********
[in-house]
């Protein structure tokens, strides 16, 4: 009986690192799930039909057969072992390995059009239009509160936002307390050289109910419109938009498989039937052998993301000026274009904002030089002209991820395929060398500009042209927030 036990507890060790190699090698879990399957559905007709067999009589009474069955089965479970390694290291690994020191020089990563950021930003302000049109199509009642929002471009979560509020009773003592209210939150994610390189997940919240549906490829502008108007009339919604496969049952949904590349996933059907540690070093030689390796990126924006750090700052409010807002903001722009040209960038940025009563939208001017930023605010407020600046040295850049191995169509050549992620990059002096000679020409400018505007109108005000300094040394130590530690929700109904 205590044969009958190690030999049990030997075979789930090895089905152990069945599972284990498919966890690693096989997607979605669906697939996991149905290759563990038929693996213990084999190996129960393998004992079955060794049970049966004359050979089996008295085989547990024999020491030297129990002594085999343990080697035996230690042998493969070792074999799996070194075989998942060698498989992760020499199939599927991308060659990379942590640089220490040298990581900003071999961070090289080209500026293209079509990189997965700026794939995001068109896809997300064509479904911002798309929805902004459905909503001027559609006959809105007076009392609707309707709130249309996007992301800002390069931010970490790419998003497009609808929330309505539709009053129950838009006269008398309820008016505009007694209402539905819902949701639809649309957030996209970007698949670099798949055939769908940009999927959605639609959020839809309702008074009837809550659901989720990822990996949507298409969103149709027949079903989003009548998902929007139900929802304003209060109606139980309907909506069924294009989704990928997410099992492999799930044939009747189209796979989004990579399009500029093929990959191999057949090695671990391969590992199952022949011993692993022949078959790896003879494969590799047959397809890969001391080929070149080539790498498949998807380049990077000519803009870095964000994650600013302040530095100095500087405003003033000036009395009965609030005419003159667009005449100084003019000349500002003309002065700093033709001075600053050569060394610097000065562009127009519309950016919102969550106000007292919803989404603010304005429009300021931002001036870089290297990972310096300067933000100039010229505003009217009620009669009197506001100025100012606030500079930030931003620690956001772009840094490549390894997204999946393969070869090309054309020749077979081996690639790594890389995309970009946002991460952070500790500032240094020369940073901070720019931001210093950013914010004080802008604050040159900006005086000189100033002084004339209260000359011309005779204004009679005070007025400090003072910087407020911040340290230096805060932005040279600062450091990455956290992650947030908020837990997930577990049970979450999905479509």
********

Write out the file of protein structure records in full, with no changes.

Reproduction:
[in-house]
């Protein structure tokens, strides 16, 4: 009986690192799930039909057969072992390995059009239009509160936002307390050289109910419109938009498989039937052998993301000026274009904002030089002209991820395929060398500009042209927030 036990507890060790190699090698879990399957559905007709067999009589009474069955089965479970390694290291690994020191020089990563950021930003302000049109199509009642929002471009979560509020009773003592209210939150994610390189997940919240549906490829502008108007009339919604496969049952949904590349996933059907540690070093030689390796990126924006750090700052409010807002903001722009040209960038940025009563939208001017930023605010407020600046040295850049191995169509050549992620990059002096000679020409400018505007109108005000300094040394130590530690929700109904 205590044969009958190690030999049990030997075979789930090895089905152990069945599972284990498919966890690693096989997607979605669906697939996991149905290759563990038929693996213990084999190996129960393998004992079955060794049970049966004359050979089996008295085989547990024999020491030297129990002594085999343990080697035996230690042998493969070792074999799996070194075989998942060698498989992760020499199939599927991308060659990379942590640089220490040298990581900003071999961070090289080209500026293209079509990189997965700026794939995001068109896809997300064509479904911002798309929805902004459905909503001027559609006959809105007076009392609707309707709130249309996007992301800002390069931010970490790419998003497009609808929330309505539709009053129950838009006269008398309820008016505009007694209402539905819902949701639809649309957030996209970007698949670099798949055939769908940009999927959605639609959020839809309702008074009837809550659901989720990822990996949507298409969103149709027949079903989003009548998902929007139900929802304003209060109606139980309907909506069924294009989704990928997410099992492999799930044939009747189209796979989004990579399009500029093929990959191999057949090695671990391969590992199952022949011993692993022949078959790896003879494969590799047959397809890969001391080929070149080539790498498949998807380049990077000519803009870095964000994650600013302040530095100095500087405003003033000036009395009965609030005419003159667009005449100084003019000349500002003309002065700093033709001075600053050569060394610097000065562009127009519309950016919102969550106000007292919803989404603010304005429009300021931002001036870089290297990972310096300067933000100039010229505003009217009620009669009197506001100025100012606030500079930030931003620690956001772009840094490549390894997204999946393969070869090309054309020749077979081996690639790594890389995309970009946002991460952070500790500032240094020369940073901070720019931001210093950013914010004080802008604050040159900006005086000189100033002084004339209260000359011309005779204004009679005070007025400090003072910087407020911040340290230096805060932005040279600062450091990455956290992650947030908020837990997930577990049970979450999905479509």